We all know the adage that states “if it’s too good to be true, it probably is”! So what would you say if someone offers you the opportunity to invest R60 000 to get a return of R30 million? Would you go for it?
I must admit that at first site I also thought it to be too good to be true. The average time it takes for a pyramid scheme to implode is around two years. It has to get all the fools into the scheme and then it implodes. I have yet to encounter a scheme in my thirty years’ experience that proved to be valid and where everybody was happy at the end.
So what made me look differently at this opportunity? Firstly I asked a few people if they would be satisfied to trade R60 000 for R30 000 000 and astonishingly almost all said they would be ecstatic. If we look at people retiring today the majority accumulate between R5 000 000 and R15 000 000 at retirement so it corresponds with the majority being happy to receive R30 000 000.
Most people don’t have enough money at the age of 65 to retire financially independent and require assistance from some sorts. Very few (not even 1% of the population) can afford to retire at the age of 50. I have encountered many young IT professionals expressing a desire to retire at 40 but haven’t seen many achieving it. There were just a lack of planning and committing to a savings strategy.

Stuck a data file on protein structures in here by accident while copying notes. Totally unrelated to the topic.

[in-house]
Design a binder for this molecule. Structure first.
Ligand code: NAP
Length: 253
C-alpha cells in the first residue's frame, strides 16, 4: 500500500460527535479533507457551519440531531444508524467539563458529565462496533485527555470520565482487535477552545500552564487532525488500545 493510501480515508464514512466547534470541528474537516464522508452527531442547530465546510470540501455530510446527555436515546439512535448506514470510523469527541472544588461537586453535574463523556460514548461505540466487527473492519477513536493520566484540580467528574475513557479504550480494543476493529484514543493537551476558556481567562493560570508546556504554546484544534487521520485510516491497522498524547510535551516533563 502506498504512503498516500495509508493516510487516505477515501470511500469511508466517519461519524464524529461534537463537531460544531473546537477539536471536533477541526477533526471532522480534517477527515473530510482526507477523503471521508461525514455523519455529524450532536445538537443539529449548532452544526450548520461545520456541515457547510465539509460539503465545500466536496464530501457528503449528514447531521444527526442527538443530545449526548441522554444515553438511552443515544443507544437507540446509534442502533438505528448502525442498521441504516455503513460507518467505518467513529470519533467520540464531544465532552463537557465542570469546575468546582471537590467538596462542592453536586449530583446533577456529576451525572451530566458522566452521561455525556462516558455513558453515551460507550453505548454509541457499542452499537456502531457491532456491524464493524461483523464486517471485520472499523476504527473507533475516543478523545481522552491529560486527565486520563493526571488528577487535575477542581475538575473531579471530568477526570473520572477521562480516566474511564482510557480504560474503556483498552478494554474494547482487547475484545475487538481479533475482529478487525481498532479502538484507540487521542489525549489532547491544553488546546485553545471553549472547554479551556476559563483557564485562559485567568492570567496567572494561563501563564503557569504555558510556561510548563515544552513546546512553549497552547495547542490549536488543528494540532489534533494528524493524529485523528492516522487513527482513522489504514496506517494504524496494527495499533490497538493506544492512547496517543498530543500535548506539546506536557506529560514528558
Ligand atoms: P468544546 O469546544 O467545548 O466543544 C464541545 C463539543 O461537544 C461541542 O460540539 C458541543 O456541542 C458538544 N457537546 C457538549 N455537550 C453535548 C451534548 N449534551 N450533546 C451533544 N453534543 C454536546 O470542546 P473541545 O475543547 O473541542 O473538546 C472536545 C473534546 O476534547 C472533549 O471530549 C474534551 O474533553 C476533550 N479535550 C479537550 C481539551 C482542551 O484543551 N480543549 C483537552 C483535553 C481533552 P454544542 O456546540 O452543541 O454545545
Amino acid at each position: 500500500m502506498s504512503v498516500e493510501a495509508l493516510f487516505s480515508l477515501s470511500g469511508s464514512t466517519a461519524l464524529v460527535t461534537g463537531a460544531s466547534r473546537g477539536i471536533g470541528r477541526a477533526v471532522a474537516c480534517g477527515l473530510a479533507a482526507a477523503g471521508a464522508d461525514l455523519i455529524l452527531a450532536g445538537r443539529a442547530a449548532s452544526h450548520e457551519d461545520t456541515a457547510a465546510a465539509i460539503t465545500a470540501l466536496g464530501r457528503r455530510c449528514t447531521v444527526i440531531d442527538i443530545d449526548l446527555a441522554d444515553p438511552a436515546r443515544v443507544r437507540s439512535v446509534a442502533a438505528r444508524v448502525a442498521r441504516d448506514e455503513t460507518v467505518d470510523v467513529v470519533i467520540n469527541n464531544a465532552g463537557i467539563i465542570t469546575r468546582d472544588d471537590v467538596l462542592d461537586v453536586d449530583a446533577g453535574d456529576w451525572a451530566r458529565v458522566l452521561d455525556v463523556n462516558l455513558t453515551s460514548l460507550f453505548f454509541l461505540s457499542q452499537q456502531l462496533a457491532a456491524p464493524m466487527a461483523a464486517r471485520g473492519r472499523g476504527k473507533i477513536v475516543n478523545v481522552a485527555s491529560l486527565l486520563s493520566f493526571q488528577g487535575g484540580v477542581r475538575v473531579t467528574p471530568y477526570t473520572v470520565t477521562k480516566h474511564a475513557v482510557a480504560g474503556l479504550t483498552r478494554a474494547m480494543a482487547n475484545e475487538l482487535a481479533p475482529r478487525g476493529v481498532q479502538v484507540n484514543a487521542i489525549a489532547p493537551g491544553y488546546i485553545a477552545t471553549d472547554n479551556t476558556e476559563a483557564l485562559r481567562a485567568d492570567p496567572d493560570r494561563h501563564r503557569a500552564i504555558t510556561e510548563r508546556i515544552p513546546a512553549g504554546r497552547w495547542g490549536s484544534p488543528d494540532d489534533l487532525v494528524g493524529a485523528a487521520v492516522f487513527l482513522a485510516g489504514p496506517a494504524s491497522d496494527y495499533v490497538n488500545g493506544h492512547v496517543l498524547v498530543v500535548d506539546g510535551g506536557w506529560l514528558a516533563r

So here is the “get rich quick scheme”. Give me R60 000 and I will give you R30 000 000. The only catch is that I want 50 years. Yes, that’s the best “get rich quick scheme” you will ever find.
Old Mutual’s Investors fund just turned 50. It is officially the oldest unit trust in SA.
If you started to invest R100 per month on 1 October 1966 and you maintained it until 1 October 2016 (50 years) you would have contributed R60 000 of your own money and the value today would be R30 000 000.
Many people start saving for their children’s education or other short term goals but if a parent started contributing R100 pm with the view of establishing a fine retirement for their child it could be the best you have done for your child.
The interesting fact is that this particular fund didn’t shoot the lights out. In actual fact the fund almost showed no return in the first 5 – 10 years. But the patience and extended time in the market proved very valuable. The fund eventually produced an average growth of 18.3% over the 50 years.
It is thus within reach of everyone to make sure they achieve lofty goals. No wonder Warren Buffett’s only regret is that he only started investing in shares at the age of 11 instead of at the age of 6.
So peace of mind is saving in (the right) “get rich” scheme!